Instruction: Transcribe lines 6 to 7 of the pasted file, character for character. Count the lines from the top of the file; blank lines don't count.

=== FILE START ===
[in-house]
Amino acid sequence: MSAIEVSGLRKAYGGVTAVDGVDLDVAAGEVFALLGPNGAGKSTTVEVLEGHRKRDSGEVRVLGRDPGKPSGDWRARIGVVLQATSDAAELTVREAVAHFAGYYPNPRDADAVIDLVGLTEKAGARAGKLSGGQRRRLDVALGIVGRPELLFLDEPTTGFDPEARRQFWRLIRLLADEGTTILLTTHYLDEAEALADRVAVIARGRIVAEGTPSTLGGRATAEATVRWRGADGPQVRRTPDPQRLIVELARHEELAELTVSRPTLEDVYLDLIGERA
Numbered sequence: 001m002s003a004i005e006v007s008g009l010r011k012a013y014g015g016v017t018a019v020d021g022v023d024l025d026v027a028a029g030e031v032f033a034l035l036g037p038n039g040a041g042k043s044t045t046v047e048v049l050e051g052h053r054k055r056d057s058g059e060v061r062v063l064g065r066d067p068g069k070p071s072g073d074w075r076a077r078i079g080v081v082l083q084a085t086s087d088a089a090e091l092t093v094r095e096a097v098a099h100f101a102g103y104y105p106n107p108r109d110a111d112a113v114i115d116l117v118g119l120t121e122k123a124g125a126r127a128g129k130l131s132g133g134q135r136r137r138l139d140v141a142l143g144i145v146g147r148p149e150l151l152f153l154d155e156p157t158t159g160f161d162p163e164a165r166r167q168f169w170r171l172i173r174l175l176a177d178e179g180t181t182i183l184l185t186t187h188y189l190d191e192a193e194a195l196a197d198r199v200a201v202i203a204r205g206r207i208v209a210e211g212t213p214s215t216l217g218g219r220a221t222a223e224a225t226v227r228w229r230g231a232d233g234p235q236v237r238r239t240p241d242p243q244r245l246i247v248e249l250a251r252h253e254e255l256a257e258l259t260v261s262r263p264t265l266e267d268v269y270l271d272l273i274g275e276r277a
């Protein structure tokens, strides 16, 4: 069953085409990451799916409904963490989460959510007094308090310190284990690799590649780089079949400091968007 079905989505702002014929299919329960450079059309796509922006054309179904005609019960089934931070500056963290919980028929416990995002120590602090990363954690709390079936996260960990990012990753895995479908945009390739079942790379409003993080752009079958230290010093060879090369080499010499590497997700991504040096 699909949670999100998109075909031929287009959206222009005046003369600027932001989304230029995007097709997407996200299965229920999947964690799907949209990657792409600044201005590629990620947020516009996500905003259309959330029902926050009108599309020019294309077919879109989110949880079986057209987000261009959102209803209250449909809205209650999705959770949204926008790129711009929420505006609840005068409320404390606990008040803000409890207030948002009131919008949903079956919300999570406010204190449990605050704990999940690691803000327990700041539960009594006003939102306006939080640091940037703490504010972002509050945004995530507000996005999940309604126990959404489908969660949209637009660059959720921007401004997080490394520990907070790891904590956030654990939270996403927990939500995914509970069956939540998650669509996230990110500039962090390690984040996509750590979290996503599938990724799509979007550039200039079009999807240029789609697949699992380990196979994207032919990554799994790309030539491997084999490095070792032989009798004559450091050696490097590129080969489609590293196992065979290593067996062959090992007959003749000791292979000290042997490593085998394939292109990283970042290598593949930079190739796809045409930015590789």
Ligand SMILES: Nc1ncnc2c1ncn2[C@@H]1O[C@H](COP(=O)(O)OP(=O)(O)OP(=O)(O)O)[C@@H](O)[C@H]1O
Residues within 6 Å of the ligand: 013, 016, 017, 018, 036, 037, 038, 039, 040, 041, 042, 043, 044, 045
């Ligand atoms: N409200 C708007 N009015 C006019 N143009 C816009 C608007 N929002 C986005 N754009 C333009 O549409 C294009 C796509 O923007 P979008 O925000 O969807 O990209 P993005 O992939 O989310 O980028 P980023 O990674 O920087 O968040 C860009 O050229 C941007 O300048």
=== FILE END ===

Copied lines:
Residues within 6 Å of the ligand: 013, 016, 017, 018, 036, 037, 038, 039, 040, 041, 042, 043, 044, 045
């Ligand atoms: N409200 C708007 N009015 C006019 N143009 C816009 C608007 N929002 C986005 N754009 C333009 O549409 C294009 C796509 O923007 P979008 O925000 O969807 O990209 P993005 O992939 O989310 O980028 P980023 O990674 O920087 O968040 C860009 O050229 C941007 O300048």